One of the basic tenants of House’s belief system is that everybody lies – particularly patients. In fact, it’s a quote: It’s a basic truth of the human condition that everybody lies. The only variable is about what. The reason why he’s able to diagnose the craziest diseases (but not vasculitis; it’s never vasculitis) is because he doesn’t allow his patients to hide behind the white lies that they tell out of embarrassment or unwise desires to keep something a secret from a loved one.

While most characters on the show think it’s a pathetic way to live, it seems to serve House well. I mean, he’s miserable and all that (addict!), but in terms of being a successful diagnostician – it’s the only way to go.

Part of the reason why House hhouseas his worldview is because he lies to himself constantly. By projecting his tendency to lie to himself unto other people, he therefore justifies his actions and can wallow in his misery.

Other characters get mad at House about his worldview because it so often turns out to be true and makes them question their beliefs. They lie to themselves by pretending a situation or person is a certain way, and then are disappointed when the picture they’ve painted in their minds is the opposite.

So why do I bring up House?

I bring this up because people in the working world need to accept the fact that everybody lies. Not to the extent that House believes, but it’s there. In varying degrees…it’s there.

  • We lie about what happened on a project: “I have no idea who approved that approach, but it doesn’t sound like something I would say.”
  • We lie about our motivations: “I’m taking that job to make a difference! Oh, does it pay more? I had no idea.”
  • We lie about leaving a horrible job: “Next time she says something like that, I’m gonna quit!.” [she says something like that] “Next time…”
  • We lie about why we rated an employee too high: “It has NOTHING to do with the fact I think they deserve a higher raise.”
  • We lie about why we rated an employee too low: “It has NOTHING to do with the fact that this employee proved I was wrong about something.”
  • We lie about employment decisions: “HR said I had to fire you. If it were up to me, I would never do that….”

We lie to cope with tough situations. We lie to cover our butts. We lie to spare feelings or soften the blow. We lie to connect to others. We lie to look smarter than we are. We lie to look dumber than we are. We lie to get ahead at work. We lie to pick our battles.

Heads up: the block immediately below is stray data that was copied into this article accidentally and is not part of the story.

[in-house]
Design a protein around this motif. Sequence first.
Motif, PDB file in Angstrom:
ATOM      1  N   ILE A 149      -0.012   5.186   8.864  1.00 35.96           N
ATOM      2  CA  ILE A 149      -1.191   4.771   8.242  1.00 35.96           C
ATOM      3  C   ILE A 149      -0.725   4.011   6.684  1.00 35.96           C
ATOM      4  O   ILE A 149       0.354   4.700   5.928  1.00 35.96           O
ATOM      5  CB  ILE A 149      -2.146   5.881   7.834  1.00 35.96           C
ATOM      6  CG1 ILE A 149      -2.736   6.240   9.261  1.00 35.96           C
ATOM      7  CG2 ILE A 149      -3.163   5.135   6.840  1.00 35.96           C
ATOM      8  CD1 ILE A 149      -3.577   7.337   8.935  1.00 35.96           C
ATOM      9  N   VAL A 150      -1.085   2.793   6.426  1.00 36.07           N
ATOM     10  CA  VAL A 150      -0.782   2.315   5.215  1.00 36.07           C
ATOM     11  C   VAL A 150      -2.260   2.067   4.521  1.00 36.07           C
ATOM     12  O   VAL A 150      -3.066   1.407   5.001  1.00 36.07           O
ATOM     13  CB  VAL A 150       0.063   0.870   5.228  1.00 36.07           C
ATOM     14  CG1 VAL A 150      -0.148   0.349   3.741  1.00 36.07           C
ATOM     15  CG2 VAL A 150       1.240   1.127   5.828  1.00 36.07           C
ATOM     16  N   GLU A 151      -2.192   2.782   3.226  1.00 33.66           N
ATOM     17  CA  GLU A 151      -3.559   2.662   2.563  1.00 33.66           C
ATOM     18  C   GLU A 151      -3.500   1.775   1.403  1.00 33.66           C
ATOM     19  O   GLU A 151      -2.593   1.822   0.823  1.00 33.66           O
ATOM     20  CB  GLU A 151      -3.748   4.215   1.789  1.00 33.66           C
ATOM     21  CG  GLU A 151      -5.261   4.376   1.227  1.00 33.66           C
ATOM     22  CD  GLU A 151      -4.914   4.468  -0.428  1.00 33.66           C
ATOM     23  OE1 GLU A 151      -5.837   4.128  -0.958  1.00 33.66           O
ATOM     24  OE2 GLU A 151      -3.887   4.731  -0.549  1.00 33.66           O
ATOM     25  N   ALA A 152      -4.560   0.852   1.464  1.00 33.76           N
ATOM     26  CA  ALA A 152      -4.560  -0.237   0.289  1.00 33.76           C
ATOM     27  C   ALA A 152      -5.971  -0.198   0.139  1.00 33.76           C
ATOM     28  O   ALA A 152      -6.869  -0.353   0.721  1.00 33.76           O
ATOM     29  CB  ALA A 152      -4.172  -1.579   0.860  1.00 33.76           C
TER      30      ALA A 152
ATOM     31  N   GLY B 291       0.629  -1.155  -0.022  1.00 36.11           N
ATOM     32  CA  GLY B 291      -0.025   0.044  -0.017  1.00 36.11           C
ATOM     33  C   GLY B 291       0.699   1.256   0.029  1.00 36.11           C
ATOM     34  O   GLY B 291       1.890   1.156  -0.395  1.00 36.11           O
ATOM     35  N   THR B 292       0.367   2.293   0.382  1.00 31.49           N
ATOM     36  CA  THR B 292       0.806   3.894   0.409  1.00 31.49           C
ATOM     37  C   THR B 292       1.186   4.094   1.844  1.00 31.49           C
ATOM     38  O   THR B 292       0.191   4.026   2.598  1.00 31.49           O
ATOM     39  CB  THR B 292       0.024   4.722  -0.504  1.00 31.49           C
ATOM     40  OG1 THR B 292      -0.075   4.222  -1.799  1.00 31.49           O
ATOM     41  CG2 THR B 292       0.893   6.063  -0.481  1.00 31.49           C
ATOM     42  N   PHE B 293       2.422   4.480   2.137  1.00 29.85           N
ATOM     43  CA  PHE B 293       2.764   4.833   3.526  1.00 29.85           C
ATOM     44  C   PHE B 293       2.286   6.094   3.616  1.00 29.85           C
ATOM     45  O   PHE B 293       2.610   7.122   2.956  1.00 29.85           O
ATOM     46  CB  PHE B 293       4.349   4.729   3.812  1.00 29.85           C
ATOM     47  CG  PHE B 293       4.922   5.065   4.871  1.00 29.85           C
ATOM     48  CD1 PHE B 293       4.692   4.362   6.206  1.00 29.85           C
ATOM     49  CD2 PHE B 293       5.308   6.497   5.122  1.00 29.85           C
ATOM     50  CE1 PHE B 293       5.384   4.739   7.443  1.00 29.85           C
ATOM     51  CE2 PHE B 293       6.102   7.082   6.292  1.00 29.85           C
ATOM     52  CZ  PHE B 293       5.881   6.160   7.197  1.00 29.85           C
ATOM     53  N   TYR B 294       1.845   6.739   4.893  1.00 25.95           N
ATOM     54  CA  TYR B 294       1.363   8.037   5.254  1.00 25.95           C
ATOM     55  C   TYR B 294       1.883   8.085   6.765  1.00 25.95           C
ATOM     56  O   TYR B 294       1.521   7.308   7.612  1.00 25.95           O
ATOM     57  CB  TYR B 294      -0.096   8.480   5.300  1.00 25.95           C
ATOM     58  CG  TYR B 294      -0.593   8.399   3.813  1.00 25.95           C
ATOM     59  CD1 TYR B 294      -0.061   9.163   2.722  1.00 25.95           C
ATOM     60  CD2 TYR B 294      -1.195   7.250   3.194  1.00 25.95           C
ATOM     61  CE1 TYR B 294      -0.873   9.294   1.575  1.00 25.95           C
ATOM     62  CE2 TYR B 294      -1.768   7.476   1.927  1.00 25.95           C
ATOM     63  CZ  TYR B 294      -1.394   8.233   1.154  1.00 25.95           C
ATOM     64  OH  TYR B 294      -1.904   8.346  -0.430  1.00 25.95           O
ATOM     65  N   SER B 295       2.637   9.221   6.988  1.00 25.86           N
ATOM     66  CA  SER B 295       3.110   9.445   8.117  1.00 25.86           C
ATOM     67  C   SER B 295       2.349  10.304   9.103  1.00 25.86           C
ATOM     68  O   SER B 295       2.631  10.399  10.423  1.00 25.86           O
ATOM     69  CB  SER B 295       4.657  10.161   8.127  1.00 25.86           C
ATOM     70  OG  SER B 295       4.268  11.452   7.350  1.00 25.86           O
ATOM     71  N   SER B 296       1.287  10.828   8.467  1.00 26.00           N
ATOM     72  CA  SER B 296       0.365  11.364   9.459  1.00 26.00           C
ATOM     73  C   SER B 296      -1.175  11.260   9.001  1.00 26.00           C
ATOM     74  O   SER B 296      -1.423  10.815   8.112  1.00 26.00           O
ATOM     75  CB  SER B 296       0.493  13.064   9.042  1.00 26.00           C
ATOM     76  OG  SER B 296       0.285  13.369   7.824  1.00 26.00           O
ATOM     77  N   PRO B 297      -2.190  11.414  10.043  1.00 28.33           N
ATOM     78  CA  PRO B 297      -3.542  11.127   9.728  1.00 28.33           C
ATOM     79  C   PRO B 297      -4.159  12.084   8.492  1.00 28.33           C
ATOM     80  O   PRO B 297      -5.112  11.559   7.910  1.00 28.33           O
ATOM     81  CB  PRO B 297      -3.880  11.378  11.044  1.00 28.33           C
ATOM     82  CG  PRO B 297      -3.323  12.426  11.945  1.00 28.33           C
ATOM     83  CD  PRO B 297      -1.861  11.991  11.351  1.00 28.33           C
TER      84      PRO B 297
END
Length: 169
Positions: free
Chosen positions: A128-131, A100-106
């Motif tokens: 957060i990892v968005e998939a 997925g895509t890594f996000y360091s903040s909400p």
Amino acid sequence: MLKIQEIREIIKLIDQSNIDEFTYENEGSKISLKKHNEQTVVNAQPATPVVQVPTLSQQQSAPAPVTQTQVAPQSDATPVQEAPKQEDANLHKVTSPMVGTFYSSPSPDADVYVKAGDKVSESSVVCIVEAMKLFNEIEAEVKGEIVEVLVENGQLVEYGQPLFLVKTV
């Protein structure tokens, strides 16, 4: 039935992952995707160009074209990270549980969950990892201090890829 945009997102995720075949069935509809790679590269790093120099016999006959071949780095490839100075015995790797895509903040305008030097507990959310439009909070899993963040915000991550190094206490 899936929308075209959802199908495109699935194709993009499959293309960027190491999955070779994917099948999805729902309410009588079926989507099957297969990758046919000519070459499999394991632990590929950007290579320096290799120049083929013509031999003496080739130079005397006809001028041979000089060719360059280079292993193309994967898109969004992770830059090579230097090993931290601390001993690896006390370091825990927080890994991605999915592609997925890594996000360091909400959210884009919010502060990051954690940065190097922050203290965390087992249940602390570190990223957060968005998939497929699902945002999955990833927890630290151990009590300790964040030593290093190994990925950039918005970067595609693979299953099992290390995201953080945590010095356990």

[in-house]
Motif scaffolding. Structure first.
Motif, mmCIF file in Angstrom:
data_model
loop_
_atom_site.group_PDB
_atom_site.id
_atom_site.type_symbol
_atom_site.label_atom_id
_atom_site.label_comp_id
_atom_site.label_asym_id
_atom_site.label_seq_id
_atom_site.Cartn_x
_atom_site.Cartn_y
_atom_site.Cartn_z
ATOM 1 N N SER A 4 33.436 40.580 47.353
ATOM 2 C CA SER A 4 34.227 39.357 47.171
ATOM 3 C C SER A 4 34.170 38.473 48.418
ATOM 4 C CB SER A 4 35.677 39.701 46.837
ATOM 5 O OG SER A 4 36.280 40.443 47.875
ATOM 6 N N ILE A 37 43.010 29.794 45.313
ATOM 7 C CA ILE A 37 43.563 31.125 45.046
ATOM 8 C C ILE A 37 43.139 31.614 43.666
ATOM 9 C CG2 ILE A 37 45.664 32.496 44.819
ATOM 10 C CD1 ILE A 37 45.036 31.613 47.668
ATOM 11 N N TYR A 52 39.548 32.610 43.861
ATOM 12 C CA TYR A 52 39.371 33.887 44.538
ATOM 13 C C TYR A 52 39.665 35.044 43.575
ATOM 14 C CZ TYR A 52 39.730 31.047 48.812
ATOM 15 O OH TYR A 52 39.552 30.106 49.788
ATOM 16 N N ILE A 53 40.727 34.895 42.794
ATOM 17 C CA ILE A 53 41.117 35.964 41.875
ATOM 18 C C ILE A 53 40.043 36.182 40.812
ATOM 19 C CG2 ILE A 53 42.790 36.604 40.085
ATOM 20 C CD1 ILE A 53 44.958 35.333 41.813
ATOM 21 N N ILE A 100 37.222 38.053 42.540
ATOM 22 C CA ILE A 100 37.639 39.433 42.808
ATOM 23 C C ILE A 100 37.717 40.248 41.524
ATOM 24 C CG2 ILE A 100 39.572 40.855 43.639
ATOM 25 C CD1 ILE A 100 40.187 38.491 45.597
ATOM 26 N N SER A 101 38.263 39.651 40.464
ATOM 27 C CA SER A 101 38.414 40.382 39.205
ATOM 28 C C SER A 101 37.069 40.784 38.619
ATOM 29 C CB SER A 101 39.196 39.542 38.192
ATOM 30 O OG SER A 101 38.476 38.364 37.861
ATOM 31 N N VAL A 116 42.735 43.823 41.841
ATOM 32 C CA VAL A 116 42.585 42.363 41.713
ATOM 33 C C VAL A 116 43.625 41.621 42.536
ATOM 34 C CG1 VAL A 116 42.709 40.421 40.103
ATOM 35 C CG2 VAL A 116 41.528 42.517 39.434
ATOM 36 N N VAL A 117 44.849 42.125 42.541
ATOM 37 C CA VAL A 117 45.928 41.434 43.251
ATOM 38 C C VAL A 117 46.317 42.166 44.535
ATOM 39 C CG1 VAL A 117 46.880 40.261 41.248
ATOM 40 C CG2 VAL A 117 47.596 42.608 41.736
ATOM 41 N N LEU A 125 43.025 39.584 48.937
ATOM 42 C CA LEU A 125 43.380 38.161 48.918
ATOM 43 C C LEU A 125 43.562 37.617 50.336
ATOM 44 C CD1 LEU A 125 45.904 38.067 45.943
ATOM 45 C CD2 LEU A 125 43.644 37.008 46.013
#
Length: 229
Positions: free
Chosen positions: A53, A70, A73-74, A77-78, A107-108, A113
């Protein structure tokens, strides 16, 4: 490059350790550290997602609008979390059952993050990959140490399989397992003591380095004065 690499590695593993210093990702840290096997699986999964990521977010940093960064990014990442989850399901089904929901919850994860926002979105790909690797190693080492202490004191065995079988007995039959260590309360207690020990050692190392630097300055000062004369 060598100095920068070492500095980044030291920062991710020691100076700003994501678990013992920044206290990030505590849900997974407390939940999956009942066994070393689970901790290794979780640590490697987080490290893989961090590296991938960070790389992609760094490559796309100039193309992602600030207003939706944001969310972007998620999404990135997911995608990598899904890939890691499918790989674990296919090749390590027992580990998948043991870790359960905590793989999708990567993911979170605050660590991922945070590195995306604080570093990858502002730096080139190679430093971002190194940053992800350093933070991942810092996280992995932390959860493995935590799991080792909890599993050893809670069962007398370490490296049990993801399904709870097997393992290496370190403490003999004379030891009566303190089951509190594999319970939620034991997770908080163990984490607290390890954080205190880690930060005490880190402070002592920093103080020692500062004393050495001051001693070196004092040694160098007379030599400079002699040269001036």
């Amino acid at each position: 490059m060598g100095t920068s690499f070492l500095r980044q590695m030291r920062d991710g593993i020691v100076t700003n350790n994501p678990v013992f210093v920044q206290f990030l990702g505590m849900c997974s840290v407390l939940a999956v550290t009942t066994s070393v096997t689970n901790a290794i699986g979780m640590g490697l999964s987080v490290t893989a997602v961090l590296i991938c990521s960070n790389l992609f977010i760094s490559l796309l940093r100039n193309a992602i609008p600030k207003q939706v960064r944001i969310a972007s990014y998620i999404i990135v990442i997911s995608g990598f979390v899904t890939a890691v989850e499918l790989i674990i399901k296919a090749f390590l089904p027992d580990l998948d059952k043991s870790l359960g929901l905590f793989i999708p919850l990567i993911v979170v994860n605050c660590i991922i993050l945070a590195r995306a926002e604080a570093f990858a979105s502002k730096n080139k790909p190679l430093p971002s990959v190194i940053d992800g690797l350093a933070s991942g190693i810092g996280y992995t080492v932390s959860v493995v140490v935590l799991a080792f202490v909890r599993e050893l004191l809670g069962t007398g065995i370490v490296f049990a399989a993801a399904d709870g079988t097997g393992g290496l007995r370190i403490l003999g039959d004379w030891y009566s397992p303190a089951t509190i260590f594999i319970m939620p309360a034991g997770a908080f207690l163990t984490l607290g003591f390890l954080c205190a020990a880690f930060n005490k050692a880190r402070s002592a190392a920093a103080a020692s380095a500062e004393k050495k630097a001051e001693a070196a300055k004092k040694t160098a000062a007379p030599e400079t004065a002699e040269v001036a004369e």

We lie. We lie. We lie.

I want to make this next point loud and clear, okay: THERE ARE DEGREES OF LYING AND LYING 100% OF THE TIME IS A DICK MOVE, SO DON’T DO IT. I do not, in any way, condone a sociopathic narcissist who lives his/her life telling one lie after another.

Got it? Good.

Some lies make it necessary to live in a society. If we were 100% transparent all the time, it might work – but only if we could tell the truth about never taking anything personally. And we know how much of a lie that can be, right? On the flip side, society can’t survive if we lie 100% of the time either. That’s why we all walk a tightrope. Most of the time, we don’t even realize we’re lying.

I am not a miserable, paranoid person. I don’t think everyone is out to lie every time they open their mouth. I am constantly awestruck by our ability as humans to show compassion, love, support, selflessness – all of it. I tend to think overall, humans are pretty damn cool and have the capacity to be amazing. And we also have the capacity to lie. A lot. About lots of things – most of them tiny, stupid things that don’t matter at all. (Hell, I could be lying right now – how would you know?)

So how do we deal with all the pretty little liars out there? Do we give up and start lying more? Of course not.

Try this. Give people some grace. Give yourself some grace.

When you catch someone in a lie, find out why. Have you created a safe environment? Or do people feel like they have to lie in order to survive around you? Do you fail to reward truthiness? Do you only award people who tell you what they want to hear? Are you, yourself, as truthful as you could be? Are you honest with others? Are you honest with yourself?

And if a person continues to show a pattern of lying despite the work you’ve done to establish trust, then get them out of your life. You are under no obligation to lie to yourself to condone constant lying that hurts you or your organization.

Everybody lies.

The best way to survive and thrive is to acknowledge that…and then move on from there to build relationships with people who matter so they tell the truth when it’s most important.